Ketil Froyn's blog

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Sat, 09 Oct 2004

Knee jerk reactions

Knee jerk reactions are common, and the name comes from the reflex reaction people have when they get knocked on the right spot on the knee.

I think knee jerk reactions are very interesting. A good example of a knee jerk reaction is that after scientists discovered that sun causes cancer, a lot of people have gotten too little sun. As it turns out, this is bad, because we get vitamin D from being in the sun, and a lack of vitamin D can increase risk of other forms of cancer. In this case, instead of realizing that "too much sun is bad", many came to the conclusion that "sun is bad", which is plainly wrong.

Another interesting example of a knee jerk reaction is the reaction to fat. Obesity is a problem on the rise, so this has been a focus for a while now. Scientists figured out that consumption of large amounts of saturated fats (like animal fats) caused heart problems, so now "fat is bad". Again, this statement is clearly wrong. Inuits can live on fatty-meat-only diets throughout the winter. In an experiment conducted in 1929, 2 men tried to eat only lean meat, and they got ill. When they supplemented it with fat (calves' brain fried in bacon fat), they managed fine, and continued with this diet for an entire year, both losing weight in the process.

In addition, it turns out that the ratio of saturated to unsaturated fat in a diet is more important than the amount of saturated fats in itself. Since a lot of people are trying to limit fat intake, what seems to happen is that they get saturated fats from meats, and have less unsaturated fats, and as a result they have a higher chance of getting heart problems.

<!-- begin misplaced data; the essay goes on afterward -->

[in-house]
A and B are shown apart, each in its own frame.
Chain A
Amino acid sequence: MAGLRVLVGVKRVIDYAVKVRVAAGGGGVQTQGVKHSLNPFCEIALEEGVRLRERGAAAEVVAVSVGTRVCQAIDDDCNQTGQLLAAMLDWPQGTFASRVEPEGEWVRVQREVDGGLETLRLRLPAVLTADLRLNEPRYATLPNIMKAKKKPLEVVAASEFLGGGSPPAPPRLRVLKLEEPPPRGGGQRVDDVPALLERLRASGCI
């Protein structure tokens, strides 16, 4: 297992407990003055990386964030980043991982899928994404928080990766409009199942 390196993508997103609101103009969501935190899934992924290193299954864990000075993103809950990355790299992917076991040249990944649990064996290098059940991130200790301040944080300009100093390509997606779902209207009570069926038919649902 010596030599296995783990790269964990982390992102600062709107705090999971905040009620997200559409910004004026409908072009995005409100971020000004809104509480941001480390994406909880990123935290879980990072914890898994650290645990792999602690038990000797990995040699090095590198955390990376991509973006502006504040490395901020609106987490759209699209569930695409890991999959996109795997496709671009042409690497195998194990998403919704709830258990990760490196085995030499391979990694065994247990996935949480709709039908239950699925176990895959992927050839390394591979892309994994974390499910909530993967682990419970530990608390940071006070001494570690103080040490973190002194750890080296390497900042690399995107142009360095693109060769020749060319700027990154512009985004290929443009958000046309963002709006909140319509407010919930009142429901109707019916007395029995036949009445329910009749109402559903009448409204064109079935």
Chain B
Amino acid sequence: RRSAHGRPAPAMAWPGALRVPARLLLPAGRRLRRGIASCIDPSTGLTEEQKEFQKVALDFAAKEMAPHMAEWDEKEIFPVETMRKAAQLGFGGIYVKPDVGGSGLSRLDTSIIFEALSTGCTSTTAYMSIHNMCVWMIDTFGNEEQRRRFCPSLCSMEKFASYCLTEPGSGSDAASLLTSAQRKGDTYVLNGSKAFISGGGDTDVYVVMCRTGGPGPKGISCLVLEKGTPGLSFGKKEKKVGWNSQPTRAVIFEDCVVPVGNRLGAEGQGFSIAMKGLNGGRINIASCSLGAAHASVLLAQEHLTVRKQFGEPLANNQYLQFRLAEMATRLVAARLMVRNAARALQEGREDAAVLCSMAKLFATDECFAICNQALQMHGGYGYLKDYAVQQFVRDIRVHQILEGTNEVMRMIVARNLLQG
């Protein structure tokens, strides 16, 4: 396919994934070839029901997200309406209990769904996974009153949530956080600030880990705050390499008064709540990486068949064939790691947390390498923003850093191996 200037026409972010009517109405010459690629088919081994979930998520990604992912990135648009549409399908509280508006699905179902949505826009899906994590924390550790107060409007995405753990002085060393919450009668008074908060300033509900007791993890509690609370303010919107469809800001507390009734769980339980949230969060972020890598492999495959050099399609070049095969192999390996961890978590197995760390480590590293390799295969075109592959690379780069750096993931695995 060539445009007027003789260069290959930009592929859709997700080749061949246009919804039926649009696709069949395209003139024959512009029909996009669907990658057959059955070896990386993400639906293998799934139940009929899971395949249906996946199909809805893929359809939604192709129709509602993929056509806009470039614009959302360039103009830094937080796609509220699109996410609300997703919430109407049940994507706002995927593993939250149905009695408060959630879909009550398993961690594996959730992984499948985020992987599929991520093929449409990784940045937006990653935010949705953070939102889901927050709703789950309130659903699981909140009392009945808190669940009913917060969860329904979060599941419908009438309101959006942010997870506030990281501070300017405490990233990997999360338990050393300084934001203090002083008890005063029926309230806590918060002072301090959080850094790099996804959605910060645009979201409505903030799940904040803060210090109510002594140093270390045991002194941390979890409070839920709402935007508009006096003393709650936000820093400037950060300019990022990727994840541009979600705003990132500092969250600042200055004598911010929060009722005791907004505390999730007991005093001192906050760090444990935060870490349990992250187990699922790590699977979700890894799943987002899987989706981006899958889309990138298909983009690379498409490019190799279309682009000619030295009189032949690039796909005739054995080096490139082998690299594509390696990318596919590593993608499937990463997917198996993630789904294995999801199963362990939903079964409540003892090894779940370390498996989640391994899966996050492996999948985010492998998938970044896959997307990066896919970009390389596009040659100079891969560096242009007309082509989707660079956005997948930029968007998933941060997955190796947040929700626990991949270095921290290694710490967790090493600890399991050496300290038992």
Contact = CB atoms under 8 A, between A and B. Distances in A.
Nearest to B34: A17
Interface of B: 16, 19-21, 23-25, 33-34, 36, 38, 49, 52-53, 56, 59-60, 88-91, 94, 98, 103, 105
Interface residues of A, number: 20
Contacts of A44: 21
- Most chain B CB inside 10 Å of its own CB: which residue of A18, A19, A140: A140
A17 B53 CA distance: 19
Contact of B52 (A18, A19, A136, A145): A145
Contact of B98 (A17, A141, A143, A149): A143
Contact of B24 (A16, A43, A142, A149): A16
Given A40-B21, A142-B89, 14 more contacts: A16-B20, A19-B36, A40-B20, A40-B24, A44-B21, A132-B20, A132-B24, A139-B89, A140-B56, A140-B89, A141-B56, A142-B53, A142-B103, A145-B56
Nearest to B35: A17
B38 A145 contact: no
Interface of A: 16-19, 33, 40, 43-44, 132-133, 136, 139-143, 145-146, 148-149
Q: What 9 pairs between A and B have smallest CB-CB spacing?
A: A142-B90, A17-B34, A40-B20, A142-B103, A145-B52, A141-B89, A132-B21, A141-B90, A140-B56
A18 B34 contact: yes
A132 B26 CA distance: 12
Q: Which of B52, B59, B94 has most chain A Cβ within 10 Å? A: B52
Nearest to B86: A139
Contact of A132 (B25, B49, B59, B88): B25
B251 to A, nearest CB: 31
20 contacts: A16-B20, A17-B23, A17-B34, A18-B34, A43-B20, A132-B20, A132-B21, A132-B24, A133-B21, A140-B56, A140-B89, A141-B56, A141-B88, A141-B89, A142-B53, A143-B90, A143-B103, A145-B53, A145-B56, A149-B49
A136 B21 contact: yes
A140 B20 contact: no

There are many many other examples. For instance, studies show that the death sentence doesn't necessarily have the wanted impact on serious crime. Perhaps the death sentence ("kill him!") is a knee jerk reaction too.

In brief, I see knee jerk reactions as a bad thing, and it is the opposite of a reflected response. But sometimes knee jerk reactions seem to be elusive, since we all seem to go along with them for years on end. I like to think that, as a rule of thumb, a reaction shouldn't be extreme unless that is the clear answer or only solution. Situations are usually more complex than "black and white".


posted at: 10:24 | path: | permanent link to this entry